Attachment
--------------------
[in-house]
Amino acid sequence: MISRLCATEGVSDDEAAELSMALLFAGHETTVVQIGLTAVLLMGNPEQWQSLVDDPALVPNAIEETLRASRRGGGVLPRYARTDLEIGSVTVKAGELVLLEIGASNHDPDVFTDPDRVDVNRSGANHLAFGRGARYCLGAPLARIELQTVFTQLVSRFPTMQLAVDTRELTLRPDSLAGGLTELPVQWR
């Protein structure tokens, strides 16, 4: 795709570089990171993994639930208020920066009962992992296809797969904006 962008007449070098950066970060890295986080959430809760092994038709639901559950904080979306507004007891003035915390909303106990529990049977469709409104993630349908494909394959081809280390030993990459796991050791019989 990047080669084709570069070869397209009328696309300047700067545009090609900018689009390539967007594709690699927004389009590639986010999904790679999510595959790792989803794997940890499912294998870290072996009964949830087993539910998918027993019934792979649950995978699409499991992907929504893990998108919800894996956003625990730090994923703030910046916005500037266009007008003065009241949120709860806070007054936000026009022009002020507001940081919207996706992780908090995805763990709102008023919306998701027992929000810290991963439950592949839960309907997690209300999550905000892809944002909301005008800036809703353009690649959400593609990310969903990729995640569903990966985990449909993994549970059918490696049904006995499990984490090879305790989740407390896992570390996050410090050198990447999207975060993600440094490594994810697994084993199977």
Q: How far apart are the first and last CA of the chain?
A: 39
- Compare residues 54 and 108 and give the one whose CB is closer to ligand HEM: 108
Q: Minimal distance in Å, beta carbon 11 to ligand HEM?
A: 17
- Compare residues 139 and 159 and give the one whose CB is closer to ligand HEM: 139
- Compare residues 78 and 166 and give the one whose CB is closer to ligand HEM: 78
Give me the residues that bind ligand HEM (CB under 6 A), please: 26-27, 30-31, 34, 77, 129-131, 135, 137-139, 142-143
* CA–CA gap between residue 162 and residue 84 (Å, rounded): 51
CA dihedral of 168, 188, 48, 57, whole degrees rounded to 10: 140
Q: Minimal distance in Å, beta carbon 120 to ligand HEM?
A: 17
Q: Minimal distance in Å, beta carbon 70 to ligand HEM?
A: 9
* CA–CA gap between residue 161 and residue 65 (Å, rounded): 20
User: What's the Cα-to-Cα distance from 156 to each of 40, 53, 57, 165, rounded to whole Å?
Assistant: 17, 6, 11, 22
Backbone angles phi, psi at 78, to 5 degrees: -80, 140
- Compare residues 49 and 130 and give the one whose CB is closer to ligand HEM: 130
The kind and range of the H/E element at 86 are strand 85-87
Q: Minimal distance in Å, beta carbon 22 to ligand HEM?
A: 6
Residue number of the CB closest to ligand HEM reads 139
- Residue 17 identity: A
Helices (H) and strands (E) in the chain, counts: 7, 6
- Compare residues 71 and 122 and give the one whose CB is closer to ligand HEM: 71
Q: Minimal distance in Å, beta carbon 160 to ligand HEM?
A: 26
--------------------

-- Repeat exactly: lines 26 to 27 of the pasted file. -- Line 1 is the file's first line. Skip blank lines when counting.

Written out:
Residue number of the CB closest to ligand HEM reads 139
- Residue 17 identity: A